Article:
When it comes to translation into Latin American Spanish, translators are well aware that linguistic variation can certainly pose a challenge.
The translation of simple words such as bus can pose a challenge: if we translate it into Spanish from Argentina or Venezuela, we would preferably use the term “colectivo”, into Perú and Uruguay, we would use “ómnibus”, and into Spanish from Chile, “micro”. And what’s more, the same plain word may as well be translated into Mexican Spanish as “camión”, which in another countries means truck.
Recently, we were working on a project for the automotive industry, more specifically, product descriptions for a well-known car-care brand product portfolio. We found these two automotive terms: wheel and tire. Wheel, a polysemic word which may refer to more than one vehicle component, in this case referred to the rim, and tyre, to the rubber covering.
Well, what in America is a rim, also called a wheel, in Argentina and Chile is called a “llanta”, but a “llanta”, in Costa Rica, Peru, Colombia, and Mexico is a tyre—just the opposite thing! In addition, in those countries in which a tyre is called a “llanta”, a rim is a “rin”. But that’s not the end. In Chile, a tyre is a “neumático”; on the contrary, in Argentina, as in many other countries, “neumático” is a formal term, and the most frequent words used are “rueda” or “cubierta”. In Puerto Rico, the most recurrent term for tyre is “goma” and for rim is “aro”.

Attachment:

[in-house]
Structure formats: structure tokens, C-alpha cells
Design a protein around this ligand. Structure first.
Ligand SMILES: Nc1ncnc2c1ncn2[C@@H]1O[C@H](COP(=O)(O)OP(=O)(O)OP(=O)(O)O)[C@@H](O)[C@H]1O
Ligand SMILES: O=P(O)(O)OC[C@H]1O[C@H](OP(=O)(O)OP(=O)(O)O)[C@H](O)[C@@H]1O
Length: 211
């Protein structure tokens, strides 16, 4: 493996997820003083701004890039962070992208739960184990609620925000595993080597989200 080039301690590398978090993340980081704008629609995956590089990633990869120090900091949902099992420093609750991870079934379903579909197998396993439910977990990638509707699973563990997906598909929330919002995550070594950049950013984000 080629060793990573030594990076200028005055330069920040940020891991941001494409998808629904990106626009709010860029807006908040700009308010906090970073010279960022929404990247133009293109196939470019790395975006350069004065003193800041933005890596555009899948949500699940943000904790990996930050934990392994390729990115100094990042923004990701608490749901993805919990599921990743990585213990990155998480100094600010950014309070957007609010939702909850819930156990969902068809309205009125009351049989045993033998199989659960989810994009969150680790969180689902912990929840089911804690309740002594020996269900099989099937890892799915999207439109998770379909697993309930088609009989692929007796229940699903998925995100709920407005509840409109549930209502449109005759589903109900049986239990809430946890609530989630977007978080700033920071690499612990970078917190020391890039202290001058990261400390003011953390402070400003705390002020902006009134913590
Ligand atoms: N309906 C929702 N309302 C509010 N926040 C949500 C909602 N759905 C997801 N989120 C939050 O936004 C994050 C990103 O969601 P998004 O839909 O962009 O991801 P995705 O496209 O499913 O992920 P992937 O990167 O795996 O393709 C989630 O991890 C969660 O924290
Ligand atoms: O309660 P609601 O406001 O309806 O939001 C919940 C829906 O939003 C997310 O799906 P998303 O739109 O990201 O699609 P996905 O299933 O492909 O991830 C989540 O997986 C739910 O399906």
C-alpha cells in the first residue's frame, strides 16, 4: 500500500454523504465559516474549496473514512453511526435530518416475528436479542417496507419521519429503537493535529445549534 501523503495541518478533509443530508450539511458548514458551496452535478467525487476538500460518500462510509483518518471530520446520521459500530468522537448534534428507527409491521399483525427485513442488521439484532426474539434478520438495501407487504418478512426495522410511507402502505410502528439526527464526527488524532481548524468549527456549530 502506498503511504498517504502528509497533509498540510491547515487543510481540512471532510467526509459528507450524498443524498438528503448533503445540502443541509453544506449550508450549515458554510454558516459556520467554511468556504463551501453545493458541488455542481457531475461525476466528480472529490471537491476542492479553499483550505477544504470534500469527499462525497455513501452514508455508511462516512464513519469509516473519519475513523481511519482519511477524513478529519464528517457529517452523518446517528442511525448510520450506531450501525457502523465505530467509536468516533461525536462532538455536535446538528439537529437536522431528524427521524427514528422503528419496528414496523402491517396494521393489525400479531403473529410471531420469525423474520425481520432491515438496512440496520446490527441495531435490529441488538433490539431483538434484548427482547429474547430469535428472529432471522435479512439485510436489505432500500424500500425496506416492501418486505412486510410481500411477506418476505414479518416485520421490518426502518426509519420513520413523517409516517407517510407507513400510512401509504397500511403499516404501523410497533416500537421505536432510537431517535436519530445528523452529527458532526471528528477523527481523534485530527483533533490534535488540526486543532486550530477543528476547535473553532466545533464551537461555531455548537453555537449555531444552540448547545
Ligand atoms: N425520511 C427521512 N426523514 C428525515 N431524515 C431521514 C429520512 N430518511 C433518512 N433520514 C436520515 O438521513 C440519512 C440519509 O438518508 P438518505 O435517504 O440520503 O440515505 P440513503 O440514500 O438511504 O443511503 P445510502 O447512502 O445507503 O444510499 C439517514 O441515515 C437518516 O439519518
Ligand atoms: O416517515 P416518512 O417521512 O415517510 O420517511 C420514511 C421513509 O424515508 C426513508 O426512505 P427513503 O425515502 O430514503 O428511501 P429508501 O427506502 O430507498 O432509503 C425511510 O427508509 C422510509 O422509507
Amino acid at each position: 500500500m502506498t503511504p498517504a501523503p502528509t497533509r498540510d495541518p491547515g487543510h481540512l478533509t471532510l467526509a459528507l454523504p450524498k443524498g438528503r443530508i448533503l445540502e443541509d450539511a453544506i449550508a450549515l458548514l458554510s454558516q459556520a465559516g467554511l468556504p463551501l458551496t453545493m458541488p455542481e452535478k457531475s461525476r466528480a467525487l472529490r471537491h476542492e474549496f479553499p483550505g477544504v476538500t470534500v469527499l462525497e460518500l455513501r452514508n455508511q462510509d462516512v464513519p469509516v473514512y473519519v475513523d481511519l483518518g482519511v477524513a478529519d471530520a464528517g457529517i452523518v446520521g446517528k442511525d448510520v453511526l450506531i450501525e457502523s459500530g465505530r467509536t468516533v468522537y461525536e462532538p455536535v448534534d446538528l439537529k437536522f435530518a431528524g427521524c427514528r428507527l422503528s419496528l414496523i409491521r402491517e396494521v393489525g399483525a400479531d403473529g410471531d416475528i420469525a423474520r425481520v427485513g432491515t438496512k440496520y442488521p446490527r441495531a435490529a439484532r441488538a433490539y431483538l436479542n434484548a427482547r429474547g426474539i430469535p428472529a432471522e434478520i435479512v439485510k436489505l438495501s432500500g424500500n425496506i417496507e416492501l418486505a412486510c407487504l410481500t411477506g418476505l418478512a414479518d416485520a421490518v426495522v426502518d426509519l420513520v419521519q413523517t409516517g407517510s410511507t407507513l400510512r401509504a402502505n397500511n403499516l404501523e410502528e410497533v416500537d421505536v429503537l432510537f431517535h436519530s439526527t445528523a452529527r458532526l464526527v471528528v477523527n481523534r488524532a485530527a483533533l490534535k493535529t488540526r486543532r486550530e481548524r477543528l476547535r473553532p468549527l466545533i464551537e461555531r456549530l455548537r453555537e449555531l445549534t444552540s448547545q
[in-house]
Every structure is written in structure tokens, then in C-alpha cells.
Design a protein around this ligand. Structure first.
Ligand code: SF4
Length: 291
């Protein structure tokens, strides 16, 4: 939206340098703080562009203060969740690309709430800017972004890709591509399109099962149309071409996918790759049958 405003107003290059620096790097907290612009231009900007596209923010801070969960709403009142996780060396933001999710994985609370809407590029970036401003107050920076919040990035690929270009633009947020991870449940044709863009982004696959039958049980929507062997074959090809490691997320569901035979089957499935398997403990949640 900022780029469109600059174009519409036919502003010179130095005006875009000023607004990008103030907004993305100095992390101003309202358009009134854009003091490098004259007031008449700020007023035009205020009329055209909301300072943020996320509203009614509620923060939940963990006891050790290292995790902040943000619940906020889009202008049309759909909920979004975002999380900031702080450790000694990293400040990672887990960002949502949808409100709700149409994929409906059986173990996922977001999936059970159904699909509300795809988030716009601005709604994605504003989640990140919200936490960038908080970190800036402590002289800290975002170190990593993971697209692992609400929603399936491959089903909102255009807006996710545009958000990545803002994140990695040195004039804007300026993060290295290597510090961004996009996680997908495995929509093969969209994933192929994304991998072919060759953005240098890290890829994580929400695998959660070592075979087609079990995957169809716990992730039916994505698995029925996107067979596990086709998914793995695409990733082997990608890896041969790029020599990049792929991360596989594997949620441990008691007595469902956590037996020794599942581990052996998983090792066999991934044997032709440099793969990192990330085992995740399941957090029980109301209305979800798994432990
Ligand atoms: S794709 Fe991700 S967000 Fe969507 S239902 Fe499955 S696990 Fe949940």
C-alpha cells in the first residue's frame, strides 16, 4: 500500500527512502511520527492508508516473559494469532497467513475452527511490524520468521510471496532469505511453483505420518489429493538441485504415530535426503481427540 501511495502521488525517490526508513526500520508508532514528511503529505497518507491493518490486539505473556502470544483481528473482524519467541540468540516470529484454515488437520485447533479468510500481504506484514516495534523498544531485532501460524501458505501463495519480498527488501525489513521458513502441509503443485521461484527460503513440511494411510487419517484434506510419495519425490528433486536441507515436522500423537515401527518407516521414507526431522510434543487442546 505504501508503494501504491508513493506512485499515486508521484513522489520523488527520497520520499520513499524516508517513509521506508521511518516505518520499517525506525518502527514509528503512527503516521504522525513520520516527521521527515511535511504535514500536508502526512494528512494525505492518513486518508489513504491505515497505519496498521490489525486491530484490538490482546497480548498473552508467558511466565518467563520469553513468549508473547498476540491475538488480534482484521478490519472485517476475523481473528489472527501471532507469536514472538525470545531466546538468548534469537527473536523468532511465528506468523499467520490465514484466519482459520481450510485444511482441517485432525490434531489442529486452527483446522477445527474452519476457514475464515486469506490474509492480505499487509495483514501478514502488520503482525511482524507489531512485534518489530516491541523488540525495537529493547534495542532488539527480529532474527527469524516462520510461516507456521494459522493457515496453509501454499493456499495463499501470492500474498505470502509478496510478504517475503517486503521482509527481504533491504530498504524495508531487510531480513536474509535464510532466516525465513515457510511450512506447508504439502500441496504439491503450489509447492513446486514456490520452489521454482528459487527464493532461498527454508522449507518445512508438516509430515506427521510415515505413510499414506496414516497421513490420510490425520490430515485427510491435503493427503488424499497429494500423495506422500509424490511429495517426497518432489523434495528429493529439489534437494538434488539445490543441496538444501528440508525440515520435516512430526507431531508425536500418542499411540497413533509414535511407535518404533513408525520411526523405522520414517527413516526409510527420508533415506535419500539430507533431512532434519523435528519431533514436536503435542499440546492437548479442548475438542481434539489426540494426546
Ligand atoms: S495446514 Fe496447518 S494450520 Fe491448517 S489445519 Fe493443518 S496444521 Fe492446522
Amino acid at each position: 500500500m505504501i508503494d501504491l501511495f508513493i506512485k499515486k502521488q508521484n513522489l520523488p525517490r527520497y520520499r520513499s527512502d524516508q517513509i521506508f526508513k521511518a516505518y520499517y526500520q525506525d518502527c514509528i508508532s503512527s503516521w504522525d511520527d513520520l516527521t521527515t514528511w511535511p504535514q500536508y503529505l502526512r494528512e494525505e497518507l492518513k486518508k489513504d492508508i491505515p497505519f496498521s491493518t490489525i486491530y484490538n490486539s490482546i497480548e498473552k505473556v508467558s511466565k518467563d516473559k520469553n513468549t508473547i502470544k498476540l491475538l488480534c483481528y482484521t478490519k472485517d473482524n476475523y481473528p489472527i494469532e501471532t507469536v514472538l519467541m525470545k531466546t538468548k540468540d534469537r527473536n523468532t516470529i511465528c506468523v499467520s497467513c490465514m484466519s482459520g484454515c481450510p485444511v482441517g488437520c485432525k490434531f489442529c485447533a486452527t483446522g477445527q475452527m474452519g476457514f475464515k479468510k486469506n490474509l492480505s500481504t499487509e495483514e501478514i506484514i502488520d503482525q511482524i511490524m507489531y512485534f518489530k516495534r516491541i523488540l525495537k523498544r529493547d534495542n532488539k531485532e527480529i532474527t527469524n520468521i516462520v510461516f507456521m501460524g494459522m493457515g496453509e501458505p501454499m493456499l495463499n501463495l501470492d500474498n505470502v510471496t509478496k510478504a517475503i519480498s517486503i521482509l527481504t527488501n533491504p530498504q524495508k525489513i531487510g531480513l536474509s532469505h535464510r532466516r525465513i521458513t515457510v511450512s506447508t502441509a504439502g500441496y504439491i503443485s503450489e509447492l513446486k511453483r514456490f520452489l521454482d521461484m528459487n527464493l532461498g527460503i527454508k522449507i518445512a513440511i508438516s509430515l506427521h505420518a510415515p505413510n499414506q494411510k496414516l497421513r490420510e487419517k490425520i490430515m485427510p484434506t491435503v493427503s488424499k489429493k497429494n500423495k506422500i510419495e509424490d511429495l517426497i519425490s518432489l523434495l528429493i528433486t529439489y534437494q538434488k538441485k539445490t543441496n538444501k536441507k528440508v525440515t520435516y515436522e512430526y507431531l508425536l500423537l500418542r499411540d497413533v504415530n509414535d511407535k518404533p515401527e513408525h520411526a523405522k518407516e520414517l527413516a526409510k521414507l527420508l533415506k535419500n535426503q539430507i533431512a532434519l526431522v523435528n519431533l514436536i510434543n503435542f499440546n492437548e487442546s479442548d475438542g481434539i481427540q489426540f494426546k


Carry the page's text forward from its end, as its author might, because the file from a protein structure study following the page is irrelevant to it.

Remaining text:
Let’s get back to our example.
A tyre cleaner is not a rim cleaner, a rim protector is not a tyre protector, and a tyre repair kit is far from repairing a rim. So your translation choice is critical to convey a product’s purpose.
Although Latin American Spanish language variations seem to be challenging at first, they can be easily solved by focusing on the target audience.
If you’re translating into “Neutral” or Standard Spanish, this post may help you.